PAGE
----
What to expect when you're expecting a website


Have you recently decided that it’s time to invest in a new website? 

If so, you probably have a lot of questions…especially if you’ve been fighting the website tide for years.  

It was probably a long process that involved denial, anger and bargaining. But you’ve come out on the other side, to a place of clarity. You now have a vision and a motivation—for better design, streamlined functionality and scalable frameworks. Maybe even an online store with quick shop tabs and great product photography.

Sure, your old site was cutting edge…in 2006.

The flash video and autoplay jazz song that you chose for your homepage made you giddy with delight…in 2006.

Now, your site embarrasses you at best and sends customers away at worst.

Maybe you’ve scoured the internet for a great web development company and chosen one you believe will meet your demands and deliver a beautiful site that gives your customers what they want.

You’ve expressed your visions, signed the contract and finished the hand off.

Now you sit back and wait for the finished product…right?


Not at all.

What should you expect?

We thought you’d never ask.

Money—You’ll Need Some

You know how important your website’s design is. You know you need an attractive, intuitive look that embodies your brand. What you might not know is just how expensive it is to put funtionality and user experience behind a great design. 

A big part of a great website exists under the hood, in the backend work that your web developers will do.

This work costs money. Customization is time-consuming and often requires trial-and-error.

For many brands, these costs are alarming–especially if the company owner hasn’t researched web development costs in 5 to 10 years. 

When you sign up for a custom website with great functionality, you should expect to pay more than a colleague who chose an online drag-and-drop tool to create their site.

This isn’t Wix. This is custom development with professionals who have put in the time and money to educate themselves and develop best practices for their work. That expertise is reflected in the costs for development,” says Plan Left Project Manager Amber Gonzalez.

For businesses who want to avoid sticker shock with their new website, Gonzalez says, it’s important to ask around your industry for insight on what other business owners paid for their websites.

Get a good idea of what you want—and how much those features will realistically cost.

Be prepared to pay more in 2017 than you did 10 years ago (thanks, responsive design and mobile capabilities).

For more insight on how much a top-tier website will cost, check out this cost calculator.

Let’s Talk About Timelines

So it’s understandable to be extremely excited about your new site–we’ve even had business owners tell us they’ve dreamed about it.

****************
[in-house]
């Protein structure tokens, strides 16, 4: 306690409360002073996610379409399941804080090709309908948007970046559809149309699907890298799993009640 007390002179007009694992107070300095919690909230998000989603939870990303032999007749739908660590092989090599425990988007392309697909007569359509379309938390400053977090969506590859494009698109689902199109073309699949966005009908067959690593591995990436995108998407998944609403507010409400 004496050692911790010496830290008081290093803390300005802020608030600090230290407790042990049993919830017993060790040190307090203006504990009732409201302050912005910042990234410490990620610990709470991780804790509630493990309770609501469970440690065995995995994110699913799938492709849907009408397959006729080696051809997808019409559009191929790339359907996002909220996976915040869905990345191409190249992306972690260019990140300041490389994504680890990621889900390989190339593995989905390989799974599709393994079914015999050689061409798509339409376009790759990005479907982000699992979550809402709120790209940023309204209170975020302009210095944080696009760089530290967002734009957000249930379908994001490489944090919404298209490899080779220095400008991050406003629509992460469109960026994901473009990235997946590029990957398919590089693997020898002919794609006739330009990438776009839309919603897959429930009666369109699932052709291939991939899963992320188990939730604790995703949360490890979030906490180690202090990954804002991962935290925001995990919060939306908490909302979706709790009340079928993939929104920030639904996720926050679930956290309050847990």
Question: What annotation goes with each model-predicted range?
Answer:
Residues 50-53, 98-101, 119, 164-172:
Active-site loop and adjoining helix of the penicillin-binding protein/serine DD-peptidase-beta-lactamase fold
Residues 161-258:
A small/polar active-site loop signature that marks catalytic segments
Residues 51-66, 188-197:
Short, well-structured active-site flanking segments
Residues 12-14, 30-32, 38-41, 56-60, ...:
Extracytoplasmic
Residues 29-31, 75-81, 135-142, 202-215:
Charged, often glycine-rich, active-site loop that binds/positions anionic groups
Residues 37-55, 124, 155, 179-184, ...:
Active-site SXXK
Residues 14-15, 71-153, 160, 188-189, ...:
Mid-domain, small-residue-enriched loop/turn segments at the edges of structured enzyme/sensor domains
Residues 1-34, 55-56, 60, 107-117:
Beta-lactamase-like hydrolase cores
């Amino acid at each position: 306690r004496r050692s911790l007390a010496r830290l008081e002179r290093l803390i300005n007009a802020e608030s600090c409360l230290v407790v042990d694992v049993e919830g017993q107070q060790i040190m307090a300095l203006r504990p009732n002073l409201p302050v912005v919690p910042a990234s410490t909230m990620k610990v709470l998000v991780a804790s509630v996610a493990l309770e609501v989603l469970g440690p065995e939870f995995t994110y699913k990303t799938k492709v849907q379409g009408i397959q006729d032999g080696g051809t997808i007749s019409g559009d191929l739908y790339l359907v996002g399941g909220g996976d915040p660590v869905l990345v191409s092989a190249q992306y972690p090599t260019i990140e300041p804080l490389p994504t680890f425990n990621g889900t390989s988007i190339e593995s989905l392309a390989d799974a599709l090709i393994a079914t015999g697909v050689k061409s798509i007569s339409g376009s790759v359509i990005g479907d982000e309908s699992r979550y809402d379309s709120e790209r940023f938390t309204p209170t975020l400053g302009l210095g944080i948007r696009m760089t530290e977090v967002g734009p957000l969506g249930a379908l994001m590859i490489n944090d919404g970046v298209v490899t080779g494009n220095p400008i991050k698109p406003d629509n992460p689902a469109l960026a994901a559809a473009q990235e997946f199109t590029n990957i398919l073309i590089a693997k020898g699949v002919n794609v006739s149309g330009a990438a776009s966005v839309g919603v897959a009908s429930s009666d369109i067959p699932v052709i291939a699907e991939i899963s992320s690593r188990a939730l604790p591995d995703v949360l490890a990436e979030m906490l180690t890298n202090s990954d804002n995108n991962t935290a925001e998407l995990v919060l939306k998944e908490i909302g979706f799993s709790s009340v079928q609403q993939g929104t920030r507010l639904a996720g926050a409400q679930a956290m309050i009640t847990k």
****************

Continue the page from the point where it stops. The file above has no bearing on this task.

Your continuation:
It’s easy to see why—after all, a good website equals more visibility, happier users, and more potential customers. It means a growing business.

But it is unwise (and we really mean this) to expect a custom website with amazing functionality to be done in two weeks. Depending on what you want from your website, two months might be a stretch.

We’ll explain it to you like this: there’s a huge chasm between doing things right and doing things quickly. More often than not, the two are mutually exclusive.

Unless you can afford to pay a team of developers to work around the clock on nothing but your website, you should expect a timeline of 2-6 months from the beginning processes to completion.

Another important tip is to be suspicious of web development companies who promise to deliver your website in 2-3 weeks.

If they claim to regularly deliver custom websites in that timeframe, you can assume that they’re pushing their developers into working 20-hour days or are cutting some big-time corners in completing each phase of the process.

Our advice?

Know what you want going in, express those wants openly, and plan ahead–according to a researched, carefully chosen timeline. 

If you know you need your website by the holiday season, you need to begin the website development process as early as the springtime, depending on what you need.

You Have to Be Willing to Collaborate

Your website is the essence of your brand. It serves as the mouthpiece for your company to the majority of your customers—it builds mystique, a personality, a vibe for your brand.

With this in mind, you have to go into the web development process with a willingness to collaborate and communicate.

If you don’t know who your brand is, who comprises your audience, and how you want to communicate, you can’t expect your web team to build a site that will make you happy. And if you have a site that’s going after the wrong audience with the wrong voice, you can’t expect it to fulfill its potential. 

Be forthcoming. Be prepared to discuss your vision, your motto, and your goals. You don’t have to know your mission statement or even your brand’s particular voice—but you should be willing to elaborate on your ideas, where you see yourself in the future, and what your particular value is to your clients.

The more you communicate–even if you don’t feel that what you’re saying has value–the deeper insight your development team will have into what you want and who you are. 

Nothing feels better to a designer, copywriter or developer than to understand a client. It empowers him or her to do better work and to do it more efficiently. 

These are just a few of the things to keep in mind throughout the development and build of your website.

Check back here often for more insight on topics like this.

Still have questions? Contact Plan Left today.

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